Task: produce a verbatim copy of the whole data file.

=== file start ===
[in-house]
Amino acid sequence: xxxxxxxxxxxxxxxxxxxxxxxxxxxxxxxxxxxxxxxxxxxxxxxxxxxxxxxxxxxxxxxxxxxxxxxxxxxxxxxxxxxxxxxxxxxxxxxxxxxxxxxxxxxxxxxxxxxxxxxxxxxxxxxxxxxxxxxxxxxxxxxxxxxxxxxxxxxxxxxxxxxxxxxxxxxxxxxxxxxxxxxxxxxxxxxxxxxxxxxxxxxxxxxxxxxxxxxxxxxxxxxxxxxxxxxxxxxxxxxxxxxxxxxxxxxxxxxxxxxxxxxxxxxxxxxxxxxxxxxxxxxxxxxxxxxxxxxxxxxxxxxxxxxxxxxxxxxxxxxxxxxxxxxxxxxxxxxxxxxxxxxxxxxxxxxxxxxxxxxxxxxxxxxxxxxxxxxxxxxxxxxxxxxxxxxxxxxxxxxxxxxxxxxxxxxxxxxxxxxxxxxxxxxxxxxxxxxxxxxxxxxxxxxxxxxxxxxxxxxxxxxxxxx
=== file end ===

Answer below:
[in-house]
Amino acid sequence: xxxxxxxxxxxxxxxxxxxxxxxxxxxxxxxxxxxxxxxxxxxxxxxxxxxxxxxxxxxxxxxxxxxxxxxxxxxxxxxxxxxxxxxxxxxxxxxxxxxxxxxxxxxxxxxxxxxxxxxxxxxxxxxxxxxxxxxxxxxxxxxxxxxxxxxxxxxxxxxxxxxxxxxxxxxxxxxxxxxxxxxxxxxxxxxxxxxxxxxxxxxxxxxxxxxxxxxxxxxxxxxxxxxxxxxxxxxxxxxxxxxxxxxxxxxxxxxxxxxxxxxxxxxxxxxxxxxxxxxxxxxxxxxxxxxxxxxxxxxxxxxxxxxxxxxxxxxxxxxxxxxxxxxxxxxxxxxxxxxxxxxxxxxxxxxxxxxxxxxxxxxxxxxxxxxxxxxxxxxxxxxxxxxxxxxxxxxxxxxxxxxxxxxxxxxxxxxxxxxxxxxxxxxxxxxxxxxxxxxxxxxxxxxxxxxxxxxxxxxxxxxxxxx